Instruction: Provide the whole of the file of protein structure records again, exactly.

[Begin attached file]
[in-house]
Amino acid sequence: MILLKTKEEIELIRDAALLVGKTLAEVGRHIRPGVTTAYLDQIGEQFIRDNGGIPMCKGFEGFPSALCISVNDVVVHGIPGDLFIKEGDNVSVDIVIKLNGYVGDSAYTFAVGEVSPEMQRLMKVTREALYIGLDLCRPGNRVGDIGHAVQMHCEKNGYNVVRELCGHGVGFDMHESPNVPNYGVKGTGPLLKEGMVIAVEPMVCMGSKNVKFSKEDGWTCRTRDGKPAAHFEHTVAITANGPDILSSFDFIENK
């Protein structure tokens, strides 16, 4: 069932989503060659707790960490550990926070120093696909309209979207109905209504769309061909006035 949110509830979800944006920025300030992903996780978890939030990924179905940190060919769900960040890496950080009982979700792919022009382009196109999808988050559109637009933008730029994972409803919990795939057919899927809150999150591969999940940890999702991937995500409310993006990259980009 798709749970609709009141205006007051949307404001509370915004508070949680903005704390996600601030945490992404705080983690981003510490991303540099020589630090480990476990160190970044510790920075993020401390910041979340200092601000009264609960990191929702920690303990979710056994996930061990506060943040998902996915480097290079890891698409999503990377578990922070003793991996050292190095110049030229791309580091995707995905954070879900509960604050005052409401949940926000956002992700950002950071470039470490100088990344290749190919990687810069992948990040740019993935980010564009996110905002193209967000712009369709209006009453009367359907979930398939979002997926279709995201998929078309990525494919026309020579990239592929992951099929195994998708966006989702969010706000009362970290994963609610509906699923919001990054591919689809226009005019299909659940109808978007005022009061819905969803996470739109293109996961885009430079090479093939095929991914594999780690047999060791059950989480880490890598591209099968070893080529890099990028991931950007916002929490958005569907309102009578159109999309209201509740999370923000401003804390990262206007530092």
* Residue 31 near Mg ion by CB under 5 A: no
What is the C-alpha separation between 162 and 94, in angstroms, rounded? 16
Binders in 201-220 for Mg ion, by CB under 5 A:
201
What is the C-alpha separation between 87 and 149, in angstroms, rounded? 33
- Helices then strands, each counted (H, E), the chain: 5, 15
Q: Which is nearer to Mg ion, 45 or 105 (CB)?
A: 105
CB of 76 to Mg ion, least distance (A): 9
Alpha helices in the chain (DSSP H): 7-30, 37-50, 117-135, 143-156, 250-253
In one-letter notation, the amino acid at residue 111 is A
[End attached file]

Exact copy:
[in-house]
Amino acid sequence: MILLKTKEEIELIRDAALLVGKTLAEVGRHIRPGVTTAYLDQIGEQFIRDNGGIPMCKGFEGFPSALCISVNDVVVHGIPGDLFIKEGDNVSVDIVIKLNGYVGDSAYTFAVGEVSPEMQRLMKVTREALYIGLDLCRPGNRVGDIGHAVQMHCEKNGYNVVRELCGHGVGFDMHESPNVPNYGVKGTGPLLKEGMVIAVEPMVCMGSKNVKFSKEDGWTCRTRDGKPAAHFEHTVAITANGPDILSSFDFIENK
């Protein structure tokens, strides 16, 4: 069932989503060659707790960490550990926070120093696909309209979207109905209504769309061909006035 949110509830979800944006920025300030992903996780978890939030990924179905940190060919769900960040890496950080009982979700792919022009382009196109999808988050559109637009933008730029994972409803919990795939057919899927809150999150591969999940940890999702991937995500409310993006990259980009 798709749970609709009141205006007051949307404001509370915004508070949680903005704390996600601030945490992404705080983690981003510490991303540099020589630090480990476990160190970044510790920075993020401390910041979340200092601000009264609960990191929702920690303990979710056994996930061990506060943040998902996915480097290079890891698409999503990377578990922070003793991996050292190095110049030229791309580091995707995905954070879900509960604050005052409401949940926000956002992700950002950071470039470490100088990344290749190919990687810069992948990040740019993935980010564009996110905002193209967000712009369709209006009453009367359907979930398939979002997926279709995201998929078309990525494919026309020579990239592929992951099929195994998708966006989702969010706000009362970290994963609610509906699923919001990054591919689809226009005019299909659940109808978007005022009061819905969803996470739109293109996961885009430079090479093939095929991914594999780690047999060791059950989480880490890598591209099968070893080529890099990028991931950007916002929490958005569907309102009578159109999309209201509740999370923000401003804390990262206007530092």
* Residue 31 near Mg ion by CB under 5 A: no
What is the C-alpha separation between 162 and 94, in angstroms, rounded? 16
Binders in 201-220 for Mg ion, by CB under 5 A:
201
What is the C-alpha separation between 87 and 149, in angstroms, rounded? 33
- Helices then strands, each counted (H, E), the chain: 5, 15
Q: Which is nearer to Mg ion, 45 or 105 (CB)?
A: 105
CB of 76 to Mg ion, least distance (A): 9
Alpha helices in the chain (DSSP H): 7-30, 37-50, 117-135, 143-156, 250-253
In one-letter notation, the amino acid at residue 111 is A